11. 11. I am now able to eat more fresh fruits and vegetables. This program changed my life. - MEAL RECIPIENT I wanted to make a positive difference in the lives of others and provide them with the right care and supplies to meet their needs, and this program was a great way to do that. After delivering meals to congregate sites and individuals’ homes this semester, I see the true needs of this population group when it comes to getting nutritious meals and groceries. - LAURA COMBS, VOLUNTEER 425 Meals Outputs Impact “ “ “ 29 Home visits 16 Volunteers Outcomes 45% of older adults ate/drank more healthy foods (fruits, vegetables, low-fat milk, lean meat,whole grains, or water) as a result of the program 52% of older adults experienced a decrease in social isolation 10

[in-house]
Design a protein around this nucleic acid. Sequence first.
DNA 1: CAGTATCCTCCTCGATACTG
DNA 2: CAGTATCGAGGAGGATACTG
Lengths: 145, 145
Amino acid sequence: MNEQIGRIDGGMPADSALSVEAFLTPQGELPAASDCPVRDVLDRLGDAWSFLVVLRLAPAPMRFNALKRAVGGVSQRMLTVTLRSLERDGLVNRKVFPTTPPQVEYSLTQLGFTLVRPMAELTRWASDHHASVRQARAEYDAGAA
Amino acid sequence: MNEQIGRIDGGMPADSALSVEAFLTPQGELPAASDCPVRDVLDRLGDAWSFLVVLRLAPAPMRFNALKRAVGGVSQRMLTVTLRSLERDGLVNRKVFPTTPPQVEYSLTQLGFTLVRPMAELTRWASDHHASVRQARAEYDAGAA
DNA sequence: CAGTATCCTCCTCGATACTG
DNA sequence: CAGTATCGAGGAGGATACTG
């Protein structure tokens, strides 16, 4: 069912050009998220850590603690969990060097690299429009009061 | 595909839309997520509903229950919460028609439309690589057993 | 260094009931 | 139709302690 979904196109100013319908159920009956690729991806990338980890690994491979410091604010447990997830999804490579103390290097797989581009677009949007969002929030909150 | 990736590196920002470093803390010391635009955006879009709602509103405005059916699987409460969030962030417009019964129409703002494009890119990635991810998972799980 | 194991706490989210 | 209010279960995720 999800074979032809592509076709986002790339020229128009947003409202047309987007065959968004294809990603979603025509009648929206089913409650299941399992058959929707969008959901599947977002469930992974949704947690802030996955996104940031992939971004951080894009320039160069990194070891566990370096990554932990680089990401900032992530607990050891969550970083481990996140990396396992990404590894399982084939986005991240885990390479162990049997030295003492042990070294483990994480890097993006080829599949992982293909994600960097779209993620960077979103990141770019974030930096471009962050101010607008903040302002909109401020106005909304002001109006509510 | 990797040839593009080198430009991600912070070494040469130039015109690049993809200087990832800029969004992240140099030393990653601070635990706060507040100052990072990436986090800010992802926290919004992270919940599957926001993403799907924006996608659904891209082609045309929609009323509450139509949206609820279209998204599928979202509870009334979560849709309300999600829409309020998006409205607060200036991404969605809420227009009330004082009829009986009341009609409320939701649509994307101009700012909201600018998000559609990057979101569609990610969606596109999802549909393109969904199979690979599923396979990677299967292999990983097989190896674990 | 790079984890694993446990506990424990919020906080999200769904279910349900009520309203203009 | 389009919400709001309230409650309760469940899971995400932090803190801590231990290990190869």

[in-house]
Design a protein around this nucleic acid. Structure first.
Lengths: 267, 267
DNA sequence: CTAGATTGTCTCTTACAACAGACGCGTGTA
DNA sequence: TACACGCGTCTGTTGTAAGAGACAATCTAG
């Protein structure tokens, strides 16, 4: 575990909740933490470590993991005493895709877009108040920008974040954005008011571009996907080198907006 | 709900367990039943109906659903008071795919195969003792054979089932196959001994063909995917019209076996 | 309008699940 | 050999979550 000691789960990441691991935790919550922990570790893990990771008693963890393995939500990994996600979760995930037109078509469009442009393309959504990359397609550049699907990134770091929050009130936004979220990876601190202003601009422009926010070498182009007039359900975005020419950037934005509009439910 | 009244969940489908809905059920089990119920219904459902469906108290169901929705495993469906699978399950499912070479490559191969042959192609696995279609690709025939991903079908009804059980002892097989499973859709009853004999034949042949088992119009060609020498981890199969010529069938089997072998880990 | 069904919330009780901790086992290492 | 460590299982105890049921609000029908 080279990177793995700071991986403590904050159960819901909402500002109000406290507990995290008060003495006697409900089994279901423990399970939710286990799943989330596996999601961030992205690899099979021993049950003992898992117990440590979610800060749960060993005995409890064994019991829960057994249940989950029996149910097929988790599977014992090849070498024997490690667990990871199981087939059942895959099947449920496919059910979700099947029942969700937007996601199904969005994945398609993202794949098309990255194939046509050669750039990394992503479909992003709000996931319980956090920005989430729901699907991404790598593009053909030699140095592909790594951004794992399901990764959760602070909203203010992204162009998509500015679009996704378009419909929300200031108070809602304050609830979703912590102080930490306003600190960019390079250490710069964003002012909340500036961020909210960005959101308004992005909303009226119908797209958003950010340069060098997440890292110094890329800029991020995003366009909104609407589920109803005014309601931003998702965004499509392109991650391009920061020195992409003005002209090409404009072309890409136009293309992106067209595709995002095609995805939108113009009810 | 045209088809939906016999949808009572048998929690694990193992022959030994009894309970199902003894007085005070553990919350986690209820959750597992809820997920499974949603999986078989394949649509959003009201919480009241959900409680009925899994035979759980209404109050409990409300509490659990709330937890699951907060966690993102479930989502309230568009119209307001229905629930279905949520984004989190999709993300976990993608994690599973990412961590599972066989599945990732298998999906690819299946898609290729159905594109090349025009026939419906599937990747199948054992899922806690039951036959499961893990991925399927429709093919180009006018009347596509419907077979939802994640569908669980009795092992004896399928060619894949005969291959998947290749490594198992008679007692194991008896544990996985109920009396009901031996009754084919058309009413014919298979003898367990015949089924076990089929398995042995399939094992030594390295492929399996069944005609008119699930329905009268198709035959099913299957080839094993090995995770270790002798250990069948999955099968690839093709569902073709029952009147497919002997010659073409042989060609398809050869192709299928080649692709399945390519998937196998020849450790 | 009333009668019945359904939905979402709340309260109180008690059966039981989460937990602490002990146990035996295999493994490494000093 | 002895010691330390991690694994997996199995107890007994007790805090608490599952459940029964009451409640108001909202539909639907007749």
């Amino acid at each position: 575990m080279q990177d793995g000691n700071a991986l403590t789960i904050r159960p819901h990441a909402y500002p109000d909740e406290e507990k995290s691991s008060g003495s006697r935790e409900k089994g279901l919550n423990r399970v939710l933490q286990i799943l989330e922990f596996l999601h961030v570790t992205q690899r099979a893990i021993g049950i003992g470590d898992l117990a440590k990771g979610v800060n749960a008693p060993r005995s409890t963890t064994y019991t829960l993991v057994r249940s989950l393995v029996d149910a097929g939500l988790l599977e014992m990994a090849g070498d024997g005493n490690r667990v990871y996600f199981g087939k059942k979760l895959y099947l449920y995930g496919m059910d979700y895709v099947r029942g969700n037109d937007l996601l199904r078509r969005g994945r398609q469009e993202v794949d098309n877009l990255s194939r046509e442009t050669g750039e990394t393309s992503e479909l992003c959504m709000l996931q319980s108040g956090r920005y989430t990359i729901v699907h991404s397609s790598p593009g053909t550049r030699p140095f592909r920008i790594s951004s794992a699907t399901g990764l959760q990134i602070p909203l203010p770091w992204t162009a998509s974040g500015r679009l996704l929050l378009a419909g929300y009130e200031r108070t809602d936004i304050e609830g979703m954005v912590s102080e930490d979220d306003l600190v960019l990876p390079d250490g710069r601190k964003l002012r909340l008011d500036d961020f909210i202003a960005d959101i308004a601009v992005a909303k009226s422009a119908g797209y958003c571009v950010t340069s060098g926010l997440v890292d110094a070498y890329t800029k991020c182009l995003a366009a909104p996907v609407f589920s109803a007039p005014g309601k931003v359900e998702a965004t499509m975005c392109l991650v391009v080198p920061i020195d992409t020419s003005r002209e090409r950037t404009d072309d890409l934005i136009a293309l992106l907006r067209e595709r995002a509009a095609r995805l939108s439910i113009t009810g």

12. 12. CKUMB promotes access to SNAP through several channels. By tabling at farmers markets and local grocery stores, and distributing educational materials in English, Haitian, Vietnamese, and Spanish, CKUMB is able to increase knowledge and awareness of SNAP and answer questions about eligibility, particularly for immigrant populations. Paired with community meal programs at Harbor Point Apartments, a senior residential facility, and Hearty Meals for All, CKUMB is also able to build on existing relationships with clients at these locations to conduct SNAP screenings and assist with SNAP applications. Clients reached through both programs are encouraged to follow up with CKUMB’s SNAP hotline, which provides assistance in both English and Spanish. In addition, CKUMB operates U-AID, a new nutrition assistance program on campus in partnership with U-ACCESS, the UMass Boston Student Food Pantry. This biweekly program serves both students, staff, and seniors in financially compromised situations seeking guidance through the SNAP application process or assistance with leading a healthier lifestyle in general. Through these approaches, CKUMB is increasing access to SNAP in the Greater Boston community. U-AID PROGRAM Partners The Campus Kitchen at University of Massachusetts Boston (CKUMB) works to increase knowledge of the Supplemental Assistance Nutrition Program (SNAP) in the Greater Boston community, with particular focus on the South Shore. UNIVERSITY OF MASSACHUSETTS BOSTON: DORCHESTER, MA COMMUNITY DEMOGRAPHICS URBAN 20.4% POVERTY RATE 15.8% FOOD INSECURITY RATE Program Approach KEY BARRIER ACCESS THE CAMPUS KITCHEN at the UNIVERSITY SM of MASSACHUSETTS BOSTON GOINGBEYONDTHEMEAL BESTPRACTICESFORADDRESSING OLDERADULTHUNGERFROMLEADING UNIVERSITIESACROSSTHECOUNTRY 11